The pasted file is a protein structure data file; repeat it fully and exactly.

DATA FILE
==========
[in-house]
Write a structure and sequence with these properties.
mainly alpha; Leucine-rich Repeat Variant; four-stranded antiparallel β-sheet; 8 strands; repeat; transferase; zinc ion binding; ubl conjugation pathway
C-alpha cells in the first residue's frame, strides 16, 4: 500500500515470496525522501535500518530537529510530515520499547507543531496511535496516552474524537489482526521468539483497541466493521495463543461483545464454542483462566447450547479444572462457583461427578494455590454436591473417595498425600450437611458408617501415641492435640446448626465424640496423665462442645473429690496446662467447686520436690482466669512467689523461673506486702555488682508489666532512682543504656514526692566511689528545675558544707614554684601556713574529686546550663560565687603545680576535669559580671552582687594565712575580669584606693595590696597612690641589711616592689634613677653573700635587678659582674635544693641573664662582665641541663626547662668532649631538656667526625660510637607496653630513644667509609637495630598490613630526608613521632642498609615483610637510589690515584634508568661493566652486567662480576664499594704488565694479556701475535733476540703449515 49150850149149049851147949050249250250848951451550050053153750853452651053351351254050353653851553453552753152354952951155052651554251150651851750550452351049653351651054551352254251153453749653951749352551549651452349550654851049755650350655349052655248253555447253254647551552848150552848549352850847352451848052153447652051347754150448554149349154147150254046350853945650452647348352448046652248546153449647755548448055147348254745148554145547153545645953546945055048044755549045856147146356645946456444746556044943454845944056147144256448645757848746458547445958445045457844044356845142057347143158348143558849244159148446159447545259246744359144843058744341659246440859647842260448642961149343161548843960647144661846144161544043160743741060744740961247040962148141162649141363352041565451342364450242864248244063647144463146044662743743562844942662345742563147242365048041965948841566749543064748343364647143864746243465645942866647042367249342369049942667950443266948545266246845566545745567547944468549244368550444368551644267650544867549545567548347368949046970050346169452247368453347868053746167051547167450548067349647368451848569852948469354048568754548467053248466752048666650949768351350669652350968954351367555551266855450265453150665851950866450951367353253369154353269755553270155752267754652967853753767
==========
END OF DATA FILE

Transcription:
[in-house]
Write a structure and sequence with these properties.
mainly alpha; Leucine-rich Repeat Variant; four-stranded antiparallel β-sheet; 8 strands; repeat; transferase; zinc ion binding; ubl conjugation pathway
C-alpha cells in the first residue's frame, strides 16, 4: 500500500515470496525522501535500518530537529510530515520499547507543531496511535496516552474524537489482526521468539483497541466493521495463543461483545464454542483462566447450547479444572462457583461427578494455590454436591473417595498425600450437611458408617501415641492435640446448626465424640496423665462442645473429690496446662467447686520436690482466669512467689523461673506486702555488682508489666532512682543504656514526692566511689528545675558544707614554684601556713574529686546550663560565687603545680576535669559580671552582687594565712575580669584606693595590696597612690641589711616592689634613677653573700635587678659582674635544693641573664662582665641541663626547662668532649631538656667526625660510637607496653630513644667509609637495630598490613630526608613521632642498609615483610637510589690515584634508568661493566652486567662480576664499594704488565694479556701475535733476540703449515 49150850149149049851147949050249250250848951451550050053153750853452651053351351254050353653851553453552753152354952951155052651554251150651851750550452351049653351651054551352254251153453749653951749352551549651452349550654851049755650350655349052655248253555447253254647551552848150552848549352850847352451848052153447652051347754150448554149349154147150254046350853945650452647348352448046652248546153449647755548448055147348254745148554145547153545645953546945055048044755549045856147146356645946456444746556044943454845944056147144256448645757848746458547445958445045457844044356845142057347143158348143558849244159148446159447545259246744359144843058744341659246440859647842260448642961149343161548843960647144661846144161544043160743741060744740961247040962148141162649141363352041565451342364450242864248244063647144463146044662743743562844942662345742563147242365048041965948841566749543064748343364647143864746243465645942866647042367249342369049942667950443266948545266246845566545745567547944468549244368550444368551644267650544867549545567548347368949046970050346169452247368453347868053746167051547167450548067349647368451848569852948469354048568754548467053248466752048666650949768351350669652350968954351367555551266855450265453150665851950866450951367353253369154353269755553270155752267754652967853753767